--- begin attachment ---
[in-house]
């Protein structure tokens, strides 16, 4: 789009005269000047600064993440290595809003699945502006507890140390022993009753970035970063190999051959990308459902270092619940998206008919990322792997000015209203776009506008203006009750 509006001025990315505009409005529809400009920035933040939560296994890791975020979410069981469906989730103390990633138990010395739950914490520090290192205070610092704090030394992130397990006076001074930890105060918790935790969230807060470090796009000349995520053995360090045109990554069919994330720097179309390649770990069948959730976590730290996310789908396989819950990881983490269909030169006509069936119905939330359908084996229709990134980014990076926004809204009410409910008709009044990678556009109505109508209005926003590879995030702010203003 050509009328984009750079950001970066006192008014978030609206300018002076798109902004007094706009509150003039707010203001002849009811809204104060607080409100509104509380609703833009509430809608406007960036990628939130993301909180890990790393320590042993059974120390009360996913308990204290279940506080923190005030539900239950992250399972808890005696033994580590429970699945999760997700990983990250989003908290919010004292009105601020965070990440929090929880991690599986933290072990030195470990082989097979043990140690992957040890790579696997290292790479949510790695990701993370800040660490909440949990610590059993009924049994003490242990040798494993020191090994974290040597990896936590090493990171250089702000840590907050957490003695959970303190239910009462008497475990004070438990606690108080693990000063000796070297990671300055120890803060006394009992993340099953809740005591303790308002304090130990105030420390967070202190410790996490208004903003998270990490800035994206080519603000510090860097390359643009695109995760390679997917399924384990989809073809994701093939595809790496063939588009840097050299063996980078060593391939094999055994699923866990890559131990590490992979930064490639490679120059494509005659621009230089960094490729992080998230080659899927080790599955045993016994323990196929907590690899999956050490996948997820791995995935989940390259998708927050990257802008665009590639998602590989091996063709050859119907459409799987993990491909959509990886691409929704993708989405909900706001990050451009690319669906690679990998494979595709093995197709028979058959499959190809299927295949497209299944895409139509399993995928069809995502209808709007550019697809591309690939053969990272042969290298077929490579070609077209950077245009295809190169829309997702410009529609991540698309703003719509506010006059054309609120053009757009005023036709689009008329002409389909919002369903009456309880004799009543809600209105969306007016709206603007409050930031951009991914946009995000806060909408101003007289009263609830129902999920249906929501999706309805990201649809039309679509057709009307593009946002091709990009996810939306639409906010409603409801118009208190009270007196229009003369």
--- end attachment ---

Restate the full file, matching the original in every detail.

[in-house]
């Protein structure tokens, strides 16, 4: 789009005269000047600064993440290595809003699945502006507890140390022993009753970035970063190999051959990308459902270092619940998206008919990322792997000015209203776009506008203006009750 509006001025990315505009409005529809400009920035933040939560296994890791975020979410069981469906989730103390990633138990010395739950914490520090290192205070610092704090030394992130397990006076001074930890105060918790935790969230807060470090796009000349995520053995360090045109990554069919994330720097179309390649770990069948959730976590730290996310789908396989819950990881983490269909030169006509069936119905939330359908084996229709990134980014990076926004809204009410409910008709009044990678556009109505109508209005926003590879995030702010203003 050509009328984009750079950001970066006192008014978030609206300018002076798109902004007094706009509150003039707010203001002849009811809204104060607080409100509104509380609703833009509430809608406007960036990628939130993301909180890990790393320590042993059974120390009360996913308990204290279940506080923190005030539900239950992250399972808890005696033994580590429970699945999760997700990983990250989003908290919010004292009105601020965070990440929090929880991690599986933290072990030195470990082989097979043990140690992957040890790579696997290292790479949510790695990701993370800040660490909440949990610590059993009924049994003490242990040798494993020191090994974290040597990896936590090493990171250089702000840590907050957490003695959970303190239910009462008497475990004070438990606690108080693990000063000796070297990671300055120890803060006394009992993340099953809740005591303790308002304090130990105030420390967070202190410790996490208004903003998270990490800035994206080519603000510090860097390359643009695109995760390679997917399924384990989809073809994701093939595809790496063939588009840097050299063996980078060593391939094999055994699923866990890559131990590490992979930064490639490679120059494509005659621009230089960094490729992080998230080659899927080790599955045993016994323990196929907590690899999956050490996948997820791995995935989940390259998708927050990257802008665009590639998602590989091996063709050859119907459409799987993990491909959509990886691409929704993708989405909900706001990050451009690319669906690679990998494979595709093995197709028979058959499959190809299927295949497209299944895409139509399993995928069809995502209808709007550019697809591309690939053969990272042969290298077929490579070609077209950077245009295809190169829309997702410009529609991540698309703003719509506010006059054309609120053009757009005023036709689009008329002409389909919002369903009456309880004799009543809600209105969306007016709206603007409050930031951009991914946009995000806060909408101003007289009263609830129902999920249906929501999706309805990201649809039309679509057709009307593009946002091709990009996810939306639409906010409603409801118009208190009270007196229009003369």